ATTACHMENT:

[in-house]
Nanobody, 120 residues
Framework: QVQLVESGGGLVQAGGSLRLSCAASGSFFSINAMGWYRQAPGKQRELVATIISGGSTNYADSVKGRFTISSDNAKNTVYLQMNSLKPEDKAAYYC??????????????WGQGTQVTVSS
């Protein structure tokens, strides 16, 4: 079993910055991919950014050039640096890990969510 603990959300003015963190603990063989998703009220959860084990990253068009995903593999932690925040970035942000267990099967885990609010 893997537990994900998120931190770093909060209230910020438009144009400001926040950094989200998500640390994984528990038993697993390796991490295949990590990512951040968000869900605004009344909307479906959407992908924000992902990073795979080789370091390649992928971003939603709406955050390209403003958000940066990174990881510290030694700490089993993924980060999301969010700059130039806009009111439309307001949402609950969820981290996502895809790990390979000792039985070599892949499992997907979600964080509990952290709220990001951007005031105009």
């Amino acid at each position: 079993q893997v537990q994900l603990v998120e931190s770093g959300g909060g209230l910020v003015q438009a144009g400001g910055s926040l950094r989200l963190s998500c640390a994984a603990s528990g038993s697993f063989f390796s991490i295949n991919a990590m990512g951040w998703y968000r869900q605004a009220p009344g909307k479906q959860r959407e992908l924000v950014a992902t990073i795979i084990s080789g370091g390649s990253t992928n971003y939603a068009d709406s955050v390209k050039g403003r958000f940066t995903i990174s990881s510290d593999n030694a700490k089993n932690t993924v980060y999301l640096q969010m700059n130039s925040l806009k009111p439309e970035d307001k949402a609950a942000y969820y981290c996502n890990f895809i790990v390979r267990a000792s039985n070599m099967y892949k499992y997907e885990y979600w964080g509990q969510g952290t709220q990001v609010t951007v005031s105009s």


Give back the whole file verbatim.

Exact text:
[in-house]
Nanobody, 120 residues
Framework: QVQLVESGGGLVQAGGSLRLSCAASGSFFSINAMGWYRQAPGKQRELVATIISGGSTNYADSVKGRFTISSDNAKNTVYLQMNSLKPEDKAAYYC??????????????WGQGTQVTVSS
């Protein structure tokens, strides 16, 4: 079993910055991919950014050039640096890990969510 603990959300003015963190603990063989998703009220959860084990990253068009995903593999932690925040970035942000267990099967885990609010 893997537990994900998120931190770093909060209230910020438009144009400001926040950094989200998500640390994984528990038993697993390796991490295949990590990512951040968000869900605004009344909307479906959407992908924000992902990073795979080789370091390649992928971003939603709406955050390209403003958000940066990174990881510290030694700490089993993924980060999301969010700059130039806009009111439309307001949402609950969820981290996502895809790990390979000792039985070599892949499992997907979600964080509990952290709220990001951007005031105009």
């Amino acid at each position: 079993q893997v537990q994900l603990v998120e931190s770093g959300g909060g209230l910020v003015q438009a144009g400001g910055s926040l950094r989200l963190s998500c640390a994984a603990s528990g038993s697993f063989f390796s991490i295949n991919a990590m990512g951040w998703y968000r869900q605004a009220p009344g909307k479906q959860r959407e992908l924000v950014a992902t990073i795979i084990s080789g370091g390649s990253t992928n971003y939603a068009d709406s955050v390209k050039g403003r958000f940066t995903i990174s990881s510290d593999n030694a700490k089993n932690t993924v980060y999301l640096q969010m700059n130039s925040l806009k009111p439309e970035d307001k949402a609950a942000y969820y981290c996502n890990f895809i790990v390979r267990a000792s039985n070599m099967y892949k499992y997907e885990y979600w964080g509990q969510g952290t709220q990001v609010t951007v005031s105009s």